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Catfish Filmmaker Interview

Exclusive: Geeky Tech Details From the Making of Catfish

The first time I saw the trailer for the movie Catfish, I didn't think it was real — it's unlike any trailer I've seen. But after heading to an advance screening of the film, which opened in select cities over the weekend, I learned firsthand that it is real.

Without giving away too much (as the film's tagline says "Don't let anyone tell you what it's about"), the film is shot on nontraditional movie cameras — mostly point-and-shoot — and incorporates apps like Google Maps, Google Earth, and lots and lots of Facebook. I had a chance to chat with the filmmakers and stars of the movie, brothers Ariel ("Rel") and Nev Schulmann and friend Henry Joost, and chat about some of the technical aspects of the movie. Check out a few interesting facts from my exclusive interview (don't worry, no spoilers!) after the jump.

  • The film was shot almost entirely on portable cameras: the Canon TX1 and Samsung NV24HD. They also used an Olympus underwater camera to film the movie's swimming scene. And according to Rel, "It never worked after that."

  • Because so much of the action took place online and on the phone, Rel and Henry had to come up with innovative ways to capture the action and make sure it sounded good. "At first I'd make him put the phone on speaker and film really closely so the audio was good," says Rel. "A lot of the time we're shooting with two cameras but using one as a microphone."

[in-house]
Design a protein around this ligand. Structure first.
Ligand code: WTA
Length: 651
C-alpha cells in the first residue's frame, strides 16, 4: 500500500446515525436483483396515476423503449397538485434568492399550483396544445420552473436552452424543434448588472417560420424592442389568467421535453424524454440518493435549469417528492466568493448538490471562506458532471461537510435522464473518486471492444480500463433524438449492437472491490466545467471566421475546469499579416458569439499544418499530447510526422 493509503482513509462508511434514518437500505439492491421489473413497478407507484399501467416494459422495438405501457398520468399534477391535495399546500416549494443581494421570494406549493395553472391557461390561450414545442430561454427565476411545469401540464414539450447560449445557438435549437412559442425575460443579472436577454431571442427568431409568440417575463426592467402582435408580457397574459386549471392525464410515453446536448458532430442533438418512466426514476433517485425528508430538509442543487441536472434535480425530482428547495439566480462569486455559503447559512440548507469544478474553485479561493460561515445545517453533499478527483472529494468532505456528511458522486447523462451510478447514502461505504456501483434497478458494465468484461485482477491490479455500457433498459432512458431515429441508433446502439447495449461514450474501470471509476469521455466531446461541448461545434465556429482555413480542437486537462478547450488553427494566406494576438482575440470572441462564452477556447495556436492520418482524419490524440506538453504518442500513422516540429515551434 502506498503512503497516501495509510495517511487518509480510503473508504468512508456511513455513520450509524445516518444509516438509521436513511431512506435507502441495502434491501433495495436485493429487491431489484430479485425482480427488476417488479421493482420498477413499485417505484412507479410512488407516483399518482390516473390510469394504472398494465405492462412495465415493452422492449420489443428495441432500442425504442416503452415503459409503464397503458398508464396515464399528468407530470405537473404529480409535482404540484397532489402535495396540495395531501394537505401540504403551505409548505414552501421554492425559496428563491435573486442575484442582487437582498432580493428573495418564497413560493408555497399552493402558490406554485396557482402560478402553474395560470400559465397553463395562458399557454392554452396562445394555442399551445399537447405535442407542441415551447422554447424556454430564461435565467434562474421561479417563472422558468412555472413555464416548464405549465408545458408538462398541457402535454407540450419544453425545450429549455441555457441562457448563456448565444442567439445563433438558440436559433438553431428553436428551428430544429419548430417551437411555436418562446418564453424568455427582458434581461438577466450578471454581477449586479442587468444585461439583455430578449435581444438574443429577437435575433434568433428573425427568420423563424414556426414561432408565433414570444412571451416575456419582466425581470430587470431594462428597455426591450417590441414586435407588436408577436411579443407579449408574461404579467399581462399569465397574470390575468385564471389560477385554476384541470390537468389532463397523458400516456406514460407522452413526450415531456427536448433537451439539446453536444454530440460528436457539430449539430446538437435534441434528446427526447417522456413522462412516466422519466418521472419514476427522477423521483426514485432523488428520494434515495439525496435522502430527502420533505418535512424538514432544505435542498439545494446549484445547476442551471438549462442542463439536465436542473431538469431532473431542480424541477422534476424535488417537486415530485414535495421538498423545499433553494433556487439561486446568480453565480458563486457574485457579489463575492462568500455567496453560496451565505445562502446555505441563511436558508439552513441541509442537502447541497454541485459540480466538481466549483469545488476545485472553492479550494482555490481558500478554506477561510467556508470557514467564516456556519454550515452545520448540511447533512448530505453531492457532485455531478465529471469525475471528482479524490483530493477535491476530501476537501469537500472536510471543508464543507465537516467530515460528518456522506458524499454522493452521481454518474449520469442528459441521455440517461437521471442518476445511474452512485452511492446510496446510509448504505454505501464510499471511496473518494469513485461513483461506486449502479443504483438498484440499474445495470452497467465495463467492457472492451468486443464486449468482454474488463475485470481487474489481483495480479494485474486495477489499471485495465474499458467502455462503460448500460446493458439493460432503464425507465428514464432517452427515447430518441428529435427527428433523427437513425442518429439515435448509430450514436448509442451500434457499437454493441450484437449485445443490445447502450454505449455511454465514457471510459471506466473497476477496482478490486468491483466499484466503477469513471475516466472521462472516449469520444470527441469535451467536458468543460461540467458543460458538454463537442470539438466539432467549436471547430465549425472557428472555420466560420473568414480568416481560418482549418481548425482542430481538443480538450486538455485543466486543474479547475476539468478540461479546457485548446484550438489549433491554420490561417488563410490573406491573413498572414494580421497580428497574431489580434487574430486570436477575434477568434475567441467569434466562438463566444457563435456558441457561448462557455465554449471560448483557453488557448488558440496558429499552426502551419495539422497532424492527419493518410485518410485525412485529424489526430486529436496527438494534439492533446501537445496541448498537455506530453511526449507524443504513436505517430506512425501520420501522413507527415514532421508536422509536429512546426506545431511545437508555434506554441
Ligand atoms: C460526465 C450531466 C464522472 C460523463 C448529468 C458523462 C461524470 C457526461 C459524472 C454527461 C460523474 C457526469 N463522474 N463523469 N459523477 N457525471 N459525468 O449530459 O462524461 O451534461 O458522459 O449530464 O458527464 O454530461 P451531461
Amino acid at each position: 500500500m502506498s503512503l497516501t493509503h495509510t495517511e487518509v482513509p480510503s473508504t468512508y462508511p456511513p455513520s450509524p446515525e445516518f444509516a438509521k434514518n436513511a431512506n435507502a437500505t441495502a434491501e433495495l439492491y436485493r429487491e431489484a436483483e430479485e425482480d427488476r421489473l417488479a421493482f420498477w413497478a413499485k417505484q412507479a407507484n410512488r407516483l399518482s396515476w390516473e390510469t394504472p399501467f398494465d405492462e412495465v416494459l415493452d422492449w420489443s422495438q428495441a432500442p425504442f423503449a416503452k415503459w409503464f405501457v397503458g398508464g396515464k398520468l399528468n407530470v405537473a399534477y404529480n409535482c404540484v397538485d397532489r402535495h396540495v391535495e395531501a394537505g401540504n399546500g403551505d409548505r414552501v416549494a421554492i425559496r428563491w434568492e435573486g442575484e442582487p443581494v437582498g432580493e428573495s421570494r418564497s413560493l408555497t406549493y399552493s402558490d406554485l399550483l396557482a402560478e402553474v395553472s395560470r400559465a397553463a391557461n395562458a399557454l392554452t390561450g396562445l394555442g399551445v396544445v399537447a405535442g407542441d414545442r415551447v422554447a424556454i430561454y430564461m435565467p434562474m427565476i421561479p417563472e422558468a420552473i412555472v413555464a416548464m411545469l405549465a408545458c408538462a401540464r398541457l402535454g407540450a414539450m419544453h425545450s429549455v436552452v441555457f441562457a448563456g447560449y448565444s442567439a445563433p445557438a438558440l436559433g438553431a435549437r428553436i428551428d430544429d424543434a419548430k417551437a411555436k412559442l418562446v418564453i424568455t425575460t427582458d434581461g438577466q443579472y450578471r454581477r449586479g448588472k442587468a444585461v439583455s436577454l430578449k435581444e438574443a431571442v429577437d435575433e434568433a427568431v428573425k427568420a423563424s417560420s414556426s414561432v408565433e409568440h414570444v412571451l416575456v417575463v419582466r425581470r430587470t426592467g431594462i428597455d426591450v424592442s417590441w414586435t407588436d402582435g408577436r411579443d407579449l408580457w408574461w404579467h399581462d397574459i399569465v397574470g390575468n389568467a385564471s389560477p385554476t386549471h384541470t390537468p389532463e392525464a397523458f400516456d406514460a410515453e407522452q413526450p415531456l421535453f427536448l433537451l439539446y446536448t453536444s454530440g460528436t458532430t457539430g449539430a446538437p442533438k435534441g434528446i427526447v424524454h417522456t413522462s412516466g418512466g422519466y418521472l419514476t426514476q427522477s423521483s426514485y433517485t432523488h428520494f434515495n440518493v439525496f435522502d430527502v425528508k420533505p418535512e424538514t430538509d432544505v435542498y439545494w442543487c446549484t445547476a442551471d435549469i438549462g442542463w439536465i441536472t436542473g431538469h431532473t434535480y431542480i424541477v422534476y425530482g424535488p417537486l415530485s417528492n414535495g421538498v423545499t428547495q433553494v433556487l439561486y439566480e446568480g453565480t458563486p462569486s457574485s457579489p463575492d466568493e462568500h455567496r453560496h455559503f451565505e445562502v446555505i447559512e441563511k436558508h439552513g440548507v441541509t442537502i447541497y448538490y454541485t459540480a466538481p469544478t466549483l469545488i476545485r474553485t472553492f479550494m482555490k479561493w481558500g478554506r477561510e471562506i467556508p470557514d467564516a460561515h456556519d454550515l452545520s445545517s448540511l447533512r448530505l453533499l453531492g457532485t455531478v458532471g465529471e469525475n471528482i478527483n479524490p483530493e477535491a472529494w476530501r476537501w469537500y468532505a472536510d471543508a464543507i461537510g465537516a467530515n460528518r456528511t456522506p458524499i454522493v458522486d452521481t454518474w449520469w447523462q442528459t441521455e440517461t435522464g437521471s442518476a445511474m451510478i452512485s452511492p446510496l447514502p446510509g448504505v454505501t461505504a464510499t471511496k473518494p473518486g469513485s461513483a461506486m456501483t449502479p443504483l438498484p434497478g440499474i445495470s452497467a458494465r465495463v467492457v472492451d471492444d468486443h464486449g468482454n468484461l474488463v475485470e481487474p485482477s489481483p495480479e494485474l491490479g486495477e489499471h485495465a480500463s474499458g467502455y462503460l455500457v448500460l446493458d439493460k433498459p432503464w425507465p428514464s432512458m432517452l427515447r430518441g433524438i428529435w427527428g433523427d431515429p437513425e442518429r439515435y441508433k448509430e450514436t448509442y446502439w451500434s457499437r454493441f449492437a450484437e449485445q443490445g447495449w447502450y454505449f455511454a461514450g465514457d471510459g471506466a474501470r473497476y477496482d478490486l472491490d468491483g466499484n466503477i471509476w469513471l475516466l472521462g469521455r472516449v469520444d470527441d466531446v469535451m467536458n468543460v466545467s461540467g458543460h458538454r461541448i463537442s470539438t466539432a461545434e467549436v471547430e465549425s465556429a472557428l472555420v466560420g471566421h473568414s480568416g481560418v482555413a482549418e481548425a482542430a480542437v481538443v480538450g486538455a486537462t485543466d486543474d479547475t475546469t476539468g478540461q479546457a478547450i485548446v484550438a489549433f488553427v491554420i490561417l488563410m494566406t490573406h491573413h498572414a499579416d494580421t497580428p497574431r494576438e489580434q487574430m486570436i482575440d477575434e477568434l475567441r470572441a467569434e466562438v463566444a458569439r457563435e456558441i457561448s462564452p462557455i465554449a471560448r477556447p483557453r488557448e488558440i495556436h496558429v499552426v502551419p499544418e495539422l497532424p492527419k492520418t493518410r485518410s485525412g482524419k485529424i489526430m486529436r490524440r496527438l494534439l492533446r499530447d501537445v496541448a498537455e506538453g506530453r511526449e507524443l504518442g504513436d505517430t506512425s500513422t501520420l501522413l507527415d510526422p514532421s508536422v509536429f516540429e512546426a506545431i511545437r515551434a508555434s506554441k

"Then we came up with this really innovative solution," says Nev, who used an iPhone in the film. "When I was on the phone I would wear headphones and have one in my ear and we'd put the other headphone on top of the mic in." It worked!

  • Henry and Rel used Final Cut Pro on a MacBook Pro to edit the film, but when it came time to ready it for wide release, they had to turn to the pros. Henry recalls sitting in on a session at Technicolor. "This is probably the first film that Technicolor has had that's been shot on cameras like this," he says. "We'd be sitting in these big fancy color correction suites and I'd be like, 'By the way, that's the camera we shot the movie on sitting on the desk there.' And they couldn't believe it."

  • Technology also had a starring role in the film, and applications like Gmail and Gchat assume the role of a narrator. "Instead of a talking head we used Internet applications. They are very much a character in the movie," says Rel. "And we think they look great. We've shown the movie at Google headquarters, and everyone who worked on each application, the creators of Gmail, the creators of Gchat, they were really psyched to see their creations on screen."

For more on Catfish, check out TresSugar's interview with the creators — just don't tell anyone what it's about!

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